Twenty-five years ago, five heroes risked their lives to defeat the bone maker Eklor--a corrupt magician who created an inhuman army using animal bones. But victory came at a tragic price. Only four of the heroes survived. Five warriors--one broken, one gone soft, one pursuing a simple life, one stuck in the past, and one who should dead. Their story should have been finished. But evil doesn't stop just because someone once said, 'the end.'
In Sarah Beth Durst’s The Bone Maker, it’s the demons we battle after triumphing over our greatest hardships that are the most challenging to defeat ... Readers will be hooked ... Durst displays a mastery of emotional resonance throughout the book, bringing each character’s scars to the surface even in moments of levity. You never really forget the toll the past has taken on each person.
The Bone Maker features twists that we expect and turns that are completely unexpected. But aside from being an action-filled fantasy, it forces us to consider our own mortality. What do we live for? What would we sacrifice to keep our loved ones alive? Whose life is most important? Read this book and revel in becoming immersed in yet another imaginary world from Durst where croco-raptors attack, constructs help people, and magic assists humans in performing impossible physical tasks. Admire these five individuals who could walk away from danger and hope that someone else takes the reins, but who risk it all for the good of others. It might prove constructive to consider the choices we would make if we were in their shoes. We certainly could use more stories with silver-haired heroes who sport wrinkles.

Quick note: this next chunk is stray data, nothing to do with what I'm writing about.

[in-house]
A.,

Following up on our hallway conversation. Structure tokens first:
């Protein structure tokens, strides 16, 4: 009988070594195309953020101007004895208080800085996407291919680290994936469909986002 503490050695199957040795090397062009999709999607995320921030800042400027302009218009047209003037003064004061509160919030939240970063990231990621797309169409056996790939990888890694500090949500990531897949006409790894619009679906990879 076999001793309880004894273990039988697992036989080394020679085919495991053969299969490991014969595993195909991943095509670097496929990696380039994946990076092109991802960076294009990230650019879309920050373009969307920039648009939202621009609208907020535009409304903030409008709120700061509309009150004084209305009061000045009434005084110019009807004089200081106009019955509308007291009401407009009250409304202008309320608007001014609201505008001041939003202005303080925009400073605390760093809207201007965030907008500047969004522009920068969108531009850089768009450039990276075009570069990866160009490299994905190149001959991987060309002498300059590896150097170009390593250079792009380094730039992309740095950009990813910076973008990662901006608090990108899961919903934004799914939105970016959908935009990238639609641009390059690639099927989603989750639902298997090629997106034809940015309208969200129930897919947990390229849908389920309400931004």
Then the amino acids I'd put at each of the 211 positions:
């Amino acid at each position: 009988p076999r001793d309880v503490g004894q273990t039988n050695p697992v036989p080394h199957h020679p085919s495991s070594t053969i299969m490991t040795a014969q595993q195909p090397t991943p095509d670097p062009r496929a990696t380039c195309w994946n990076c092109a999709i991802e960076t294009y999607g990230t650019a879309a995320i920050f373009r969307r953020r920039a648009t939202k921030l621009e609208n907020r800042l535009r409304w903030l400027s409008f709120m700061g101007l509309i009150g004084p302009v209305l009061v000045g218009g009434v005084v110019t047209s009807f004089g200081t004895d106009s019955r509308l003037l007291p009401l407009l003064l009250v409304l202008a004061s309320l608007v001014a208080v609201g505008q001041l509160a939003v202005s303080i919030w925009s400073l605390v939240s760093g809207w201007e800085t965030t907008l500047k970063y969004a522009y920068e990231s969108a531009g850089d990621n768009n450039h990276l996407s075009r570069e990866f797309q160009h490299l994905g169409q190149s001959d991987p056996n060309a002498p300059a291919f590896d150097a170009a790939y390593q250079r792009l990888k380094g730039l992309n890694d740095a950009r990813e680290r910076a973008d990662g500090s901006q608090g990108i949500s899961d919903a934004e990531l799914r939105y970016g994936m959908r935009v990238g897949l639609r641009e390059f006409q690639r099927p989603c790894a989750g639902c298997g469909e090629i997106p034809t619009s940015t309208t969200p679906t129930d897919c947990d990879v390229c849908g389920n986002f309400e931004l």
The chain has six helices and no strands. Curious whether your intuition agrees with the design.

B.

To begin with, the magic system is quite exciting. Divided into three guilds, Durst creates a bone-based type of magic that reads both as creepily eerie and darkly fascinating ... Sadly, both the magic system and the fantastic environment of the novel seem a bit shallowly explored. As a result, the worldbuilding is a bit sparse and does not allow the reader to create a fully-fledged mental picture of the surroundings and background of the story ... Nonetheless, The Bone Maker is an astoundingly refreshing exploration of the tradition of the hero’s journey, as it is not common to see heroes go through maturity ... All things considered, The Bone Maker is quite a fun read and a great way into the fantasy world for those who are not quite used to the characteristic density of the genre. As a light read that still maintains the best traits of high fantasy, Sarah Beth Durst’s latest novel is a great pick for older and younger readers alike ... For fans of Morgan Rhode’s Falling Kingdoms saga, The Bone Maker is a wonderful, entertaining novel you don’t want to miss.